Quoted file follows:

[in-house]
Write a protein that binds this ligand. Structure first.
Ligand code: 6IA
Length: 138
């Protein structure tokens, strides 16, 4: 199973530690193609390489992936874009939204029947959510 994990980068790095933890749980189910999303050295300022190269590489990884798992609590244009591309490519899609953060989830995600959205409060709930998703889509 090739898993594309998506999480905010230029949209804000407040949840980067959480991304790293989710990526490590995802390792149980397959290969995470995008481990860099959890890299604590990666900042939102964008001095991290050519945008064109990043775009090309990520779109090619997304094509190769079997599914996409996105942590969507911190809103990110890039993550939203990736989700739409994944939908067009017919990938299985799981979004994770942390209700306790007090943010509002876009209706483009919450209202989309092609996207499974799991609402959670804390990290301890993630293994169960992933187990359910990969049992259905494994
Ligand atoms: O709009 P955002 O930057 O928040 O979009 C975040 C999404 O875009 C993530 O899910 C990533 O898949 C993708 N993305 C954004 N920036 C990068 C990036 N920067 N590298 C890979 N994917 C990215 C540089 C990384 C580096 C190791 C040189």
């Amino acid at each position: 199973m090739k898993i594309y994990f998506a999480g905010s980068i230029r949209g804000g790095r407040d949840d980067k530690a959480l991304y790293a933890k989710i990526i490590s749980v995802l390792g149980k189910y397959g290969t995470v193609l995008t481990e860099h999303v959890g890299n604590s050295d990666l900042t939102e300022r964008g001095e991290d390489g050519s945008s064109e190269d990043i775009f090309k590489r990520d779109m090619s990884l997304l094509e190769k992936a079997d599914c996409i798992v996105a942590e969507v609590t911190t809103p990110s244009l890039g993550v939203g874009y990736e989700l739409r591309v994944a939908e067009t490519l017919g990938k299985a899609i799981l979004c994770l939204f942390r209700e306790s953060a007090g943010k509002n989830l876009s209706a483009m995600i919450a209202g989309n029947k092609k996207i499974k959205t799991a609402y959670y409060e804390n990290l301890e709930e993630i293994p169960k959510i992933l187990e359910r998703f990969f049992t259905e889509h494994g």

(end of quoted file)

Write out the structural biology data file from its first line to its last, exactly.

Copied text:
[in-house]
Write a protein that binds this ligand. Structure first.
Ligand code: 6IA
Length: 138
């Protein structure tokens, strides 16, 4: 199973530690193609390489992936874009939204029947959510 994990980068790095933890749980189910999303050295300022190269590489990884798992609590244009591309490519899609953060989830995600959205409060709930998703889509 090739898993594309998506999480905010230029949209804000407040949840980067959480991304790293989710990526490590995802390792149980397959290969995470995008481990860099959890890299604590990666900042939102964008001095991290050519945008064109990043775009090309990520779109090619997304094509190769079997599914996409996105942590969507911190809103990110890039993550939203990736989700739409994944939908067009017919990938299985799981979004994770942390209700306790007090943010509002876009209706483009919450209202989309092609996207499974799991609402959670804390990290301890993630293994169960992933187990359910990969049992259905494994
Ligand atoms: O709009 P955002 O930057 O928040 O979009 C975040 C999404 O875009 C993530 O899910 C990533 O898949 C993708 N993305 C954004 N920036 C990068 C990036 N920067 N590298 C890979 N994917 C990215 C540089 C990384 C580096 C190791 C040189």
């Amino acid at each position: 199973m090739k898993i594309y994990f998506a999480g905010s980068i230029r949209g804000g790095r407040d949840d980067k530690a959480l991304y790293a933890k989710i990526i490590s749980v995802l390792g149980k189910y397959g290969t995470v193609l995008t481990e860099h999303v959890g890299n604590s050295d990666l900042t939102e300022r964008g001095e991290d390489g050519s945008s064109e190269d990043i775009f090309k590489r990520d779109m090619s990884l997304l094509e190769k992936a079997d599914c996409i798992v996105a942590e969507v609590t911190t809103p990110s244009l890039g993550v939203g874009y990736e989700l739409r591309v994944a939908e067009t490519l017919g990938k299985a899609i799981l979004c994770l939204f942390r209700e306790s953060a007090g943010k509002n989830l876009s209706a483009m995600i919450a209202g989309n029947k092609k996207i499974k959205t799991a609402y959670y409060e804390n990290l301890e709930e993630i293994p169960k959510i992933l187990e359910r998703f990969f049992t259905e889509h494994g």